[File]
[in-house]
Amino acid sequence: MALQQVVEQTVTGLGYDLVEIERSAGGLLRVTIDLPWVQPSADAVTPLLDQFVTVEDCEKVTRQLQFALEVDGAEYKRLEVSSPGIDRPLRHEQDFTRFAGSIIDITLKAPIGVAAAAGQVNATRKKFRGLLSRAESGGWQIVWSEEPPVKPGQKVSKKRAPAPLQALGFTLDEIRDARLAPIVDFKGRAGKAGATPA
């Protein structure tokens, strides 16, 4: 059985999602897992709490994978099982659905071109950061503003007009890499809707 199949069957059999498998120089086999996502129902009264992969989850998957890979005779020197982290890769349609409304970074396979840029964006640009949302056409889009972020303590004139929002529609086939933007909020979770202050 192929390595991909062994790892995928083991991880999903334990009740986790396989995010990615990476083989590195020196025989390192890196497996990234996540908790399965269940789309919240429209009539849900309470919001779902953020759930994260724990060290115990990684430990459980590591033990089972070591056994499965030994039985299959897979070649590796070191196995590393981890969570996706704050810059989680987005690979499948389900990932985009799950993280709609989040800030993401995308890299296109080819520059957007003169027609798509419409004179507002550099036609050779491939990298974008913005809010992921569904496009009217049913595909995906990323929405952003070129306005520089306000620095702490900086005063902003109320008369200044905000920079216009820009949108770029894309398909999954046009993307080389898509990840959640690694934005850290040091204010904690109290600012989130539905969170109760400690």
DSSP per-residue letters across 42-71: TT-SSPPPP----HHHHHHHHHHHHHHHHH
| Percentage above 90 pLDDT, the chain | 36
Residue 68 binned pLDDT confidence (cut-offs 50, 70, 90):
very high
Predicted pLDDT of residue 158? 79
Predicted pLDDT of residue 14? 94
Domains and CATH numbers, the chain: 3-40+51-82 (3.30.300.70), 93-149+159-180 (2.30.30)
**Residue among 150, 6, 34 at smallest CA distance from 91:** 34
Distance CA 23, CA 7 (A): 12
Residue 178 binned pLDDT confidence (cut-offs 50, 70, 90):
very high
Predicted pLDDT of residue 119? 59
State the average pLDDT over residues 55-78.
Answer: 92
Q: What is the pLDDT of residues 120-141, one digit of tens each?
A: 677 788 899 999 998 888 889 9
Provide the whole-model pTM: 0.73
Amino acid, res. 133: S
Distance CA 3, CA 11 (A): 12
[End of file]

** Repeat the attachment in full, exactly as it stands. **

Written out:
[in-house]
Amino acid sequence: MALQQVVEQTVTGLGYDLVEIERSAGGLLRVTIDLPWVQPSADAVTPLLDQFVTVEDCEKVTRQLQFALEVDGAEYKRLEVSSPGIDRPLRHEQDFTRFAGSIIDITLKAPIGVAAAAGQVNATRKKFRGLLSRAESGGWQIVWSEEPPVKPGQKVSKKRAPAPLQALGFTLDEIRDARLAPIVDFKGRAGKAGATPA
């Protein structure tokens, strides 16, 4: 059985999602897992709490994978099982659905071109950061503003007009890499809707 199949069957059999498998120089086999996502129902009264992969989850998957890979005779020197982290890769349609409304970074396979840029964006640009949302056409889009972020303590004139929002529609086939933007909020979770202050 192929390595991909062994790892995928083991991880999903334990009740986790396989995010990615990476083989590195020196025989390192890196497996990234996540908790399965269940789309919240429209009539849900309470919001779902953020759930994260724990060290115990990684430990459980590591033990089972070591056994499965030994039985299959897979070649590796070191196995590393981890969570996706704050810059989680987005690979499948389900990932985009799950993280709609989040800030993401995308890299296109080819520059957007003169027609798509419409004179507002550099036609050779491939990298974008913005809010992921569904496009009217049913595909995906990323929405952003070129306005520089306000620095702490900086005063902003109320008369200044905000920079216009820009949108770029894309398909999954046009993307080389898509990840959640690694934005850290040091204010904690109290600012989130539905969170109760400690």
DSSP per-residue letters across 42-71: TT-SSPPPP----HHHHHHHHHHHHHHHHH
| Percentage above 90 pLDDT, the chain | 36
Residue 68 binned pLDDT confidence (cut-offs 50, 70, 90):
very high
Predicted pLDDT of residue 158? 79
Predicted pLDDT of residue 14? 94
Domains and CATH numbers, the chain: 3-40+51-82 (3.30.300.70), 93-149+159-180 (2.30.30)
**Residue among 150, 6, 34 at smallest CA distance from 91:** 34
Distance CA 23, CA 7 (A): 12
Residue 178 binned pLDDT confidence (cut-offs 50, 70, 90):
very high
Predicted pLDDT of residue 119? 59
State the average pLDDT over residues 55-78.
Answer: 92
Q: What is the pLDDT of residues 120-141, one digit of tens each?
A: 677 788 899 999 998 888 889 9
Provide the whole-model pTM: 0.73
Amino acid, res. 133: S
Distance CA 3, CA 11 (A): 12